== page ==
At Mepkin Abbey, every November, the monks put out the Book of the Dead, and visitors can leave the names of their dead. I found it much more moving than I thought it would be to write the names on the page and to think of that book being preserved at the monastery. I tend to believe in monasteries as protectors and preservers of culture, regardless of what comes at them, and so inscribing the names felt important. I took a picture of the page, which you'll see below, with the names of my mother-in-law and grandparents. I can just barely make them out at the bottom right of the photo of the page.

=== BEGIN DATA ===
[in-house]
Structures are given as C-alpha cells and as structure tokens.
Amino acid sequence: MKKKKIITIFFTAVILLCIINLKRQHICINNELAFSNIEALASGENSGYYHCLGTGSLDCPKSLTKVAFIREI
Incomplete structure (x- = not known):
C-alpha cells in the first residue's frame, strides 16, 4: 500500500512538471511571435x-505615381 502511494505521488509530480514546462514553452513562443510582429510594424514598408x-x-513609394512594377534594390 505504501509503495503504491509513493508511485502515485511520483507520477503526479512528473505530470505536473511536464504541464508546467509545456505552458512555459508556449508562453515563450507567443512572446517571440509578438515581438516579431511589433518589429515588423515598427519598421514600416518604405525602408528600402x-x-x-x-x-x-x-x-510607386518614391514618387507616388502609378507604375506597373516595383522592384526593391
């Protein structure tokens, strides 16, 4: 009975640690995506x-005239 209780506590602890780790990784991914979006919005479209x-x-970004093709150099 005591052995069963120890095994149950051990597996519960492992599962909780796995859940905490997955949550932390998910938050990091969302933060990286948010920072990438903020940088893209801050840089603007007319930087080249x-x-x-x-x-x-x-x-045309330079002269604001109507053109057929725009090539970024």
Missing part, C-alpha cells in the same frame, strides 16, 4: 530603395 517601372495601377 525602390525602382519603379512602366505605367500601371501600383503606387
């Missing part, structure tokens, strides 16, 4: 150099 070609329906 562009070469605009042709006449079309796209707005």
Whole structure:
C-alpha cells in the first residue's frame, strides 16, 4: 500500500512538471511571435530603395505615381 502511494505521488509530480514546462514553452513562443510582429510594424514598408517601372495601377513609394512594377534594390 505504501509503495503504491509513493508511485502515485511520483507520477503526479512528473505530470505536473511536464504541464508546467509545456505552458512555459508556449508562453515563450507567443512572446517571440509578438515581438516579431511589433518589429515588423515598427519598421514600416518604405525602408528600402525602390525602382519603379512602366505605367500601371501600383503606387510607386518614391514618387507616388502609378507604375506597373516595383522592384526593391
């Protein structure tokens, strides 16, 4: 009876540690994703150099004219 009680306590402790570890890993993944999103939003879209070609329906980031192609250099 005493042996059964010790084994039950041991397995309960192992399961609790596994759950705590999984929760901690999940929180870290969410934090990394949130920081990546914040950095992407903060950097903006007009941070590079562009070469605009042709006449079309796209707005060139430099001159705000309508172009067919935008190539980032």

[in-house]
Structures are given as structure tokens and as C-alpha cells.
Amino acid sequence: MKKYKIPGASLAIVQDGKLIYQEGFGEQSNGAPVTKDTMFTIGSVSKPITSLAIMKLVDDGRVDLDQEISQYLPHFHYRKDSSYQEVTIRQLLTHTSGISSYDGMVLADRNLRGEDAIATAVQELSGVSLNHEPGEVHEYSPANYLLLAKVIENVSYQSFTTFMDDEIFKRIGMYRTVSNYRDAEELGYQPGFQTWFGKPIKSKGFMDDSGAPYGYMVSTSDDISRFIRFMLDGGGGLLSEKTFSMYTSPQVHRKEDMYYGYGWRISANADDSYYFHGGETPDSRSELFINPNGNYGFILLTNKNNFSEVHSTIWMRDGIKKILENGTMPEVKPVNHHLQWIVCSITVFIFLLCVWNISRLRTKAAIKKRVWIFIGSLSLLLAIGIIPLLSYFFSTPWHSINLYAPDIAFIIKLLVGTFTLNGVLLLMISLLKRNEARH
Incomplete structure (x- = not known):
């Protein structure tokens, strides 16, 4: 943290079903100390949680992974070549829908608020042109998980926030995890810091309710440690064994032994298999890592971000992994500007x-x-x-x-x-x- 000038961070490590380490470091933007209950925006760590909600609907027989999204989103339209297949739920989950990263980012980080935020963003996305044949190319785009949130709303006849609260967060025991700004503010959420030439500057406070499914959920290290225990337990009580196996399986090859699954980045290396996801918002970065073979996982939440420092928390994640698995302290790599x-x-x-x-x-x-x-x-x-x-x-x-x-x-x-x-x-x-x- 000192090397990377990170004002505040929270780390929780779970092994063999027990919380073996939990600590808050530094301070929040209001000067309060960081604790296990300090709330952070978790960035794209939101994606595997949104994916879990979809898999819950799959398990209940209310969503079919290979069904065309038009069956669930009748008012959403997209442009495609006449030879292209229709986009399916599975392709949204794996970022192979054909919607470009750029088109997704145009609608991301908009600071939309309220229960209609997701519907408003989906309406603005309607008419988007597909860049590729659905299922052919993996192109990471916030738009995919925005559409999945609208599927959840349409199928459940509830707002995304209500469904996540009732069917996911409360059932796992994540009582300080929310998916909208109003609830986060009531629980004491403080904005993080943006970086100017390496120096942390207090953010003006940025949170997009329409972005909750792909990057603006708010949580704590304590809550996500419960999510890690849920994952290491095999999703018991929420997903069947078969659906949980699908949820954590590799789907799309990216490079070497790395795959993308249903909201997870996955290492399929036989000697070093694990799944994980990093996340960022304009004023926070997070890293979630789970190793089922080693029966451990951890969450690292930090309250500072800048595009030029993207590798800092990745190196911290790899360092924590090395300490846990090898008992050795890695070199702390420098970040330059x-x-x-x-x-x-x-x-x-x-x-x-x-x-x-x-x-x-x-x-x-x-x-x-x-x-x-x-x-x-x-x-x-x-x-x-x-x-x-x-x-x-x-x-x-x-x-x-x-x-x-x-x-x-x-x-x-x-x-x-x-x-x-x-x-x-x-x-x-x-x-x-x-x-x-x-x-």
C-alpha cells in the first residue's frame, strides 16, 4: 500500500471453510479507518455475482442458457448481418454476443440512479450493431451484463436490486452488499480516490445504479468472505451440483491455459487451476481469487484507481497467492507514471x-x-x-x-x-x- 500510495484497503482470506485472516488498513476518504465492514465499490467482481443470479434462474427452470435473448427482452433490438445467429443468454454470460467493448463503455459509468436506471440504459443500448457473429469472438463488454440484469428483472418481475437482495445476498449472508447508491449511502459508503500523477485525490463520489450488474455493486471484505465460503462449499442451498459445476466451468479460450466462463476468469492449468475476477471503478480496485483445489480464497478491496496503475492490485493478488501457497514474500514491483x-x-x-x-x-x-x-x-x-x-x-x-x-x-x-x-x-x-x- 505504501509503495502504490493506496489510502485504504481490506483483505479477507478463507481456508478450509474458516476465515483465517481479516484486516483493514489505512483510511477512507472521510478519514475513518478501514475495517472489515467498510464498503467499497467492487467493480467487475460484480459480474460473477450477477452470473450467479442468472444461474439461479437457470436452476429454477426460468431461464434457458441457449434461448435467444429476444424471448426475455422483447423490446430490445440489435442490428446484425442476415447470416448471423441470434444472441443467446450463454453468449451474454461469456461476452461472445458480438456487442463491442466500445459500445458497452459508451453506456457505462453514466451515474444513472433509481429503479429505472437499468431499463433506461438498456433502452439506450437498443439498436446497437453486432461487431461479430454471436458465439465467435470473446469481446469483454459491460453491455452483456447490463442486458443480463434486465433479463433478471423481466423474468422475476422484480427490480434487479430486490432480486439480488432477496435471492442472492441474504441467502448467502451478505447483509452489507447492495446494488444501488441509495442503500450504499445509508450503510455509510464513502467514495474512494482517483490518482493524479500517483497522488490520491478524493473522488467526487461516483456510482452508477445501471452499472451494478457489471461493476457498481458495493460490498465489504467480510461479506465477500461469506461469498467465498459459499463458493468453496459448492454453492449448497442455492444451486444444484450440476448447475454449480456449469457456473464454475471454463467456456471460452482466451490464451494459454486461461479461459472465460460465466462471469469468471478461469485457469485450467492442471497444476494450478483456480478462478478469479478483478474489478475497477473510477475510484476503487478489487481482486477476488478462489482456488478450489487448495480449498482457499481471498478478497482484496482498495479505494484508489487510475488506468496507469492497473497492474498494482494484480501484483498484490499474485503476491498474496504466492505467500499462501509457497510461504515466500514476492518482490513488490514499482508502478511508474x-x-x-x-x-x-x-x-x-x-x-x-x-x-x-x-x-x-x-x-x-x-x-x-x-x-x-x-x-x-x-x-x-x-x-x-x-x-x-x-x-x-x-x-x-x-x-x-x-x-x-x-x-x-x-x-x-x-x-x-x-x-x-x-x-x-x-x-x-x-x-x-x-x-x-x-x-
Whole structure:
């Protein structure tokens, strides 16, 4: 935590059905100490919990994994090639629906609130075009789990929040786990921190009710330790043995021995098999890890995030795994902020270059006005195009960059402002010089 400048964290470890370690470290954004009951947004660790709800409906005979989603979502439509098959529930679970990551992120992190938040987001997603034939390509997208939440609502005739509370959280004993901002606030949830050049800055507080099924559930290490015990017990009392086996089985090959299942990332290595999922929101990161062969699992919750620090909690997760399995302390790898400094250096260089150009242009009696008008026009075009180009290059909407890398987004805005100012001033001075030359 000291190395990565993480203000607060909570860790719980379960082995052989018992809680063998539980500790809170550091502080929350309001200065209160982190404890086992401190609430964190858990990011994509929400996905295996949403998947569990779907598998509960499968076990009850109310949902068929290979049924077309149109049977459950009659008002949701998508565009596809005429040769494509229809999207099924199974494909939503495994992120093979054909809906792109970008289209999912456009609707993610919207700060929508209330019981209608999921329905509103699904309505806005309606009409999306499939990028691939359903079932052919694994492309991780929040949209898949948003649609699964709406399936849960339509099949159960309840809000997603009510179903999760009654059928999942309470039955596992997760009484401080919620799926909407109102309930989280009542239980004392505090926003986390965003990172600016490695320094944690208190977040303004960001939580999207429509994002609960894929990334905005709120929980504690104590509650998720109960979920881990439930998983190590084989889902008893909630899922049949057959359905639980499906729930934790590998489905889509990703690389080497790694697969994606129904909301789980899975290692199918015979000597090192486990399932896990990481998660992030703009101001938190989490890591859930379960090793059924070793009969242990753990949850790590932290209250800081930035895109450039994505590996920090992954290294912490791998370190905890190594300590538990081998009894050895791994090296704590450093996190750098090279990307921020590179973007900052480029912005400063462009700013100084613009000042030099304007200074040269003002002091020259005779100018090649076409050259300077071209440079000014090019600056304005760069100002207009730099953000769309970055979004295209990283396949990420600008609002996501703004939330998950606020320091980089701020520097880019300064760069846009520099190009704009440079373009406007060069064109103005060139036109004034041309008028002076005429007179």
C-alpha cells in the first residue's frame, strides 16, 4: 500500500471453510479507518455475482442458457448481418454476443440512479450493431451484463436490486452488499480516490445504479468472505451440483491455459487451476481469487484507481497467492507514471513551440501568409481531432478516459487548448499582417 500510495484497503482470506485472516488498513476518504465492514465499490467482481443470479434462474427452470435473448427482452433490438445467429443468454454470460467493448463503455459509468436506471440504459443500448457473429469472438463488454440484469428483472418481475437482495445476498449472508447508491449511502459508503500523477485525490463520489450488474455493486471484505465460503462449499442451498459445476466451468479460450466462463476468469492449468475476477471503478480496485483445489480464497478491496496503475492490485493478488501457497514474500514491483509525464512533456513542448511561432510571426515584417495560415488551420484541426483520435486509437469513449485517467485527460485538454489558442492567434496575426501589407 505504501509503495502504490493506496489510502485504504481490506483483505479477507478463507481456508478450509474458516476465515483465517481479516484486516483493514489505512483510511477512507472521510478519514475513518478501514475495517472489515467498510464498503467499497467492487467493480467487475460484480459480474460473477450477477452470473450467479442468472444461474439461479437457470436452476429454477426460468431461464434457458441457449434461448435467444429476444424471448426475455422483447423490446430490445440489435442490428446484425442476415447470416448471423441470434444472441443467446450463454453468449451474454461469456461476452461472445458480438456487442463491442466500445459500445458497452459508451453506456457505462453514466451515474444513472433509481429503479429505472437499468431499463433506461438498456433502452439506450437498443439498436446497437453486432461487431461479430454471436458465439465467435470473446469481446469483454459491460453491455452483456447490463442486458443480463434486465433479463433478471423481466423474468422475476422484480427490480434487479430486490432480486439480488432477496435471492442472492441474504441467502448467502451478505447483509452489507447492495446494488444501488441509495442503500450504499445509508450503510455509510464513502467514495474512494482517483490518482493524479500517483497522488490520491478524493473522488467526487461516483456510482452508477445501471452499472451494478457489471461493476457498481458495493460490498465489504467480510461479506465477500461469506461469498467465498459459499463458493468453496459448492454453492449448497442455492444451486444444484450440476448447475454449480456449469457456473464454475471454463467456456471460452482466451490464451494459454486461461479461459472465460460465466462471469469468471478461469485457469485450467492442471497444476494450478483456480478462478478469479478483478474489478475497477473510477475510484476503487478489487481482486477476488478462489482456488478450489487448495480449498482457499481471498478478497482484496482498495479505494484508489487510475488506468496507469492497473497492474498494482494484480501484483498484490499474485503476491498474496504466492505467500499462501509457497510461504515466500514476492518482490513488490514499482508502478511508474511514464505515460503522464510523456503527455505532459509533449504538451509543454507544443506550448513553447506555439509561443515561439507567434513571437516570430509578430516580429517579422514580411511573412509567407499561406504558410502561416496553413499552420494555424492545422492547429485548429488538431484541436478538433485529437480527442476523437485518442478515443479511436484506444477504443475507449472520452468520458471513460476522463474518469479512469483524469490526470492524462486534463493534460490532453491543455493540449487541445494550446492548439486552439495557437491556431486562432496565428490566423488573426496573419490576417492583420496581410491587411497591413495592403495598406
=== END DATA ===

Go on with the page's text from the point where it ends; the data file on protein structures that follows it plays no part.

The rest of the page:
Here's the photo essay:
Books of the Dead
We write their names in the books we keep.
We carve their names on marble, which might last longer.
We trust the monks to keep the Book of the Dead, to remember our loved ones each November.
We keep their ashes close.
We light candles to beat back the darkness.
We scatter rose petals, both because we know the futility of our efforts
and because we commit to beauty.